The figure below shows a maze with three exits. You are allowed to move between two squares within the maze if they are adjacent and 1) there is no wall separating the squares or 2) there is an inner wall between the squares, which may be pushed in the direction of movement. A wall can be pushed if there is no wall behind it. Notice that it’s not allowed to push any wall that lies on the boundary of the maze. Find the shortest path from the start position (S) to any of the exit From the start position (S) in the figure above, it’s possible to move north or east, but not west or south. If moving north, the wall between the squares (2, 3) and (2, 2) will be moved to the position between the squares (2, 2) and (2, 1). At this new position, it’s not possible to move north again because there is a wall north of (2, 1). Write a program that finds the shortest path from a given start position to any of the exits. You may assume there exists at least one solution for each maze. Input The input file may contain several mazes to solve. Each maze description starts with a single line containing two integers x and y (1 ≤ x ≤ 6, 1 ≤ y ≤ 4) which is the start position in the maze. Next follows four lines with six integers each. These integers p (0 ≤ p ≤ 15) describe each square in the maze in the following way: p is the sum of 1 (if there is a wall west of the square), 2 (north), 4 (east) and 8 (south). Each inner wall will thus be mentioned twice. Each opening in the boundary is considered an exit. The input ends with a maze with starting coordinates 0, 0 and should not be processed. Output Output a single line for each maze with the description of a path with minimum length that leads to any of exits. Use the letters ‘N’, ‘S’, ‘E’ and ‘W’ to denote north, south, east and west, respectively. If there are several solutions with minimum length, display any one of them. Sample Input 23 10 2 10 10 2 6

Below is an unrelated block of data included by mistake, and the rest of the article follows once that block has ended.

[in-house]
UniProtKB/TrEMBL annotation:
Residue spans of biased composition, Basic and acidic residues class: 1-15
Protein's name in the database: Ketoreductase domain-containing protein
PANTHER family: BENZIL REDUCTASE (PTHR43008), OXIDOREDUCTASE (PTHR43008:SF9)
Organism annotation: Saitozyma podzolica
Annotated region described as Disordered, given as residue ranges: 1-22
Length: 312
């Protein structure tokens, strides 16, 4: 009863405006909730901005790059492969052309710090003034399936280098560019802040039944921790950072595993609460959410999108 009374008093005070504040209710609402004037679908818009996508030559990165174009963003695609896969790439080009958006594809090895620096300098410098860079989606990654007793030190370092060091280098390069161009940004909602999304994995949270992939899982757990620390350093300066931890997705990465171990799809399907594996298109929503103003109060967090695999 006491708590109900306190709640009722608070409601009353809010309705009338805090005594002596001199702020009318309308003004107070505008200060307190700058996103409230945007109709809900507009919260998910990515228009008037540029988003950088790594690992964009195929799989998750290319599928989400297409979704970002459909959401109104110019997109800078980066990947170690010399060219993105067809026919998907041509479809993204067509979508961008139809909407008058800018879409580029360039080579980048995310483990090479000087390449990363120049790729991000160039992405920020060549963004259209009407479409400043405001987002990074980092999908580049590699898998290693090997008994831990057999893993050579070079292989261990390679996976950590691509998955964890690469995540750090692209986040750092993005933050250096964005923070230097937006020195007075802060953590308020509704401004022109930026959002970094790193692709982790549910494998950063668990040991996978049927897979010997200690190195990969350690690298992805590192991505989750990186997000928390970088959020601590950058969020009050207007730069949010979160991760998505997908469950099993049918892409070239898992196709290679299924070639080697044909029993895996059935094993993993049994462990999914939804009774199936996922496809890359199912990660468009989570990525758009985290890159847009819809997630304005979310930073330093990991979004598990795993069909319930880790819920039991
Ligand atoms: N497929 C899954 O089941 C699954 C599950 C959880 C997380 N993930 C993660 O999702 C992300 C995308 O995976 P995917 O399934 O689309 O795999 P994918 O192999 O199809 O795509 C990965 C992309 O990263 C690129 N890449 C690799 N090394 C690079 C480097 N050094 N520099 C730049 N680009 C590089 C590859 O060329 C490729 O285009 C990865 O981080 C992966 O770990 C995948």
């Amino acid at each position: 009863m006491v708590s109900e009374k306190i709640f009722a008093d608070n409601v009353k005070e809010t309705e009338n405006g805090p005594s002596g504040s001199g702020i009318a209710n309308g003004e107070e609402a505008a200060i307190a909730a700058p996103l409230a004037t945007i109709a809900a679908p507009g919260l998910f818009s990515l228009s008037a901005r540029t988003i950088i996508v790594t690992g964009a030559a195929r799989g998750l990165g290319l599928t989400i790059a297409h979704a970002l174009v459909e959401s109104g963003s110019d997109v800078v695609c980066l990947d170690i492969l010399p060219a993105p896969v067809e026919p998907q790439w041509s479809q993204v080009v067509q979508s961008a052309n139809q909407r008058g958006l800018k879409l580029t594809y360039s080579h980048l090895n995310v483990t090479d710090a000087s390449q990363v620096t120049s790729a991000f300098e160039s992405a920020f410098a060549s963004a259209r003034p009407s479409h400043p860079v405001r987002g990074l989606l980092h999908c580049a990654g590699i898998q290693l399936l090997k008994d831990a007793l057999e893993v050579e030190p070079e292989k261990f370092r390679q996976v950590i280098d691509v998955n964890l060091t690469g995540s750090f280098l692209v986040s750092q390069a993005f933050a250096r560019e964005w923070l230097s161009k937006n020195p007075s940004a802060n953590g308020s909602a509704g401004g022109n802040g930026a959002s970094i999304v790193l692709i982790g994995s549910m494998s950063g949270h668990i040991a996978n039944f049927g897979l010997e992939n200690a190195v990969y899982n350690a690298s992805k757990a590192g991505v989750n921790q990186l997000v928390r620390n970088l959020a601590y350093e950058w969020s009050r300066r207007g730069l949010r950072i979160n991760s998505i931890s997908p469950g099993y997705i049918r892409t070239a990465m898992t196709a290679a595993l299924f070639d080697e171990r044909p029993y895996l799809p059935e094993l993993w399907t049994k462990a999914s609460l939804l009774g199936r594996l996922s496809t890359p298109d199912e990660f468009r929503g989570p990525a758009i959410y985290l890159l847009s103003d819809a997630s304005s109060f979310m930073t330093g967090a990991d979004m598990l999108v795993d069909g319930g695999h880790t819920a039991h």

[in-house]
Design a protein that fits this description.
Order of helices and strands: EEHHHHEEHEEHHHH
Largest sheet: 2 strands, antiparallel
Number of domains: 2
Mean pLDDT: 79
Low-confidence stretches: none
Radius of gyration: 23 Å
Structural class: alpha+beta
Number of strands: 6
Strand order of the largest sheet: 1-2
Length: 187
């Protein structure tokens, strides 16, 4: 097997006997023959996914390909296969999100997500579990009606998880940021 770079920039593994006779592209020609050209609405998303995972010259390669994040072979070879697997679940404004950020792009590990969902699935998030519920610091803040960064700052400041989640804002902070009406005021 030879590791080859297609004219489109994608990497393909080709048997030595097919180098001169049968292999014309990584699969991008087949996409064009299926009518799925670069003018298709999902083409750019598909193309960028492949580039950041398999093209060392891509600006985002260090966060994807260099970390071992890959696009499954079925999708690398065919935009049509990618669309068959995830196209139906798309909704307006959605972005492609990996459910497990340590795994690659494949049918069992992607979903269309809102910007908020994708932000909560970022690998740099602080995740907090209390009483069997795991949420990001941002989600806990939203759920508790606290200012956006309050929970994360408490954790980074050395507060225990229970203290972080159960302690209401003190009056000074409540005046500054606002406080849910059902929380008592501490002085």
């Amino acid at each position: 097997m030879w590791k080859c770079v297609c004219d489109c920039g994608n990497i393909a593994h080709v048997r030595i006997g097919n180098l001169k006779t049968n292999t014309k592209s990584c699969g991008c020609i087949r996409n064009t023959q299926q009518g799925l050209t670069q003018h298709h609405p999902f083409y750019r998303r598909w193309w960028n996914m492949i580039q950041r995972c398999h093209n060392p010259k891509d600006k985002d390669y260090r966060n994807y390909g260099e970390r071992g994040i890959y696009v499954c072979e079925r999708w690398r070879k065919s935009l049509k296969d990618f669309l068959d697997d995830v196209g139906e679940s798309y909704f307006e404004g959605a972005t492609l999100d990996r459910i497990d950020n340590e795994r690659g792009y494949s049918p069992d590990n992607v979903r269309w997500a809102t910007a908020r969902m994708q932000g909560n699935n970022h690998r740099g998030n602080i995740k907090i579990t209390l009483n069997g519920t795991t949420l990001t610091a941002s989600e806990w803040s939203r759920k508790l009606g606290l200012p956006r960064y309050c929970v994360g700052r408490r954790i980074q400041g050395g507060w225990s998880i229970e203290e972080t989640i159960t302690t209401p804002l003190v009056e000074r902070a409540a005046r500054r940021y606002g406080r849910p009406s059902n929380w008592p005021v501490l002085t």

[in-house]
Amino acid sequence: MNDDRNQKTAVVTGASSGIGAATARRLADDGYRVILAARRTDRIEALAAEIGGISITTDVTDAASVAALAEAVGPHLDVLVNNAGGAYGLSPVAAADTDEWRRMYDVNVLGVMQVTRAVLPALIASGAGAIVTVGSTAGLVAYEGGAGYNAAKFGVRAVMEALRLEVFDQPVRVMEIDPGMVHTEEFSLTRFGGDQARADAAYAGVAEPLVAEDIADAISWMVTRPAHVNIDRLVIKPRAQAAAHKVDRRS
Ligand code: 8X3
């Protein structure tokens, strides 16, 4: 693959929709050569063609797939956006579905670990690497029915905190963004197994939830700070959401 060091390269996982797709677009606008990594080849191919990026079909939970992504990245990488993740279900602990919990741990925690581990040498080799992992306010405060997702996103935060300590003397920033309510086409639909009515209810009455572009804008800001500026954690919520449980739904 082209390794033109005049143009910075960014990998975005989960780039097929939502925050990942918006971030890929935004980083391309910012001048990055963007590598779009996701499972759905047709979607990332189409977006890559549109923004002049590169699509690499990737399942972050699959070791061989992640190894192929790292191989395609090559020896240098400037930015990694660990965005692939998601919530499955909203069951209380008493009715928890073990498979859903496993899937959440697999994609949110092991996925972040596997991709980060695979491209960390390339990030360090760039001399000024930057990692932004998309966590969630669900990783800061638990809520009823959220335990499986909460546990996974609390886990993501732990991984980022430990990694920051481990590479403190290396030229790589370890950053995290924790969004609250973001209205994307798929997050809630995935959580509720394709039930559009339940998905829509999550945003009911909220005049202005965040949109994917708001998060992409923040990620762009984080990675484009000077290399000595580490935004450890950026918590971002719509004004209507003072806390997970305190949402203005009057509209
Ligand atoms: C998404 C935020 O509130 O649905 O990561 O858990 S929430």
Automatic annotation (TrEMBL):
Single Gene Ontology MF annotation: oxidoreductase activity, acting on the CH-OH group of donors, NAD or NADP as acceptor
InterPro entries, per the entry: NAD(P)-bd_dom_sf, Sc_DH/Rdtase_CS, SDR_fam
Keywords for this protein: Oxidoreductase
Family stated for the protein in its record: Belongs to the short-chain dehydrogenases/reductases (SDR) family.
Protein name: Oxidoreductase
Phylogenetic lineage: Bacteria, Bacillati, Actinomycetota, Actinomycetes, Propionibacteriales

2/2 3 12 11 14 9 4 13 15 3 6 15 13 14 11 12 9 14 11 00 Sample Output NESESEENNWNWWWWW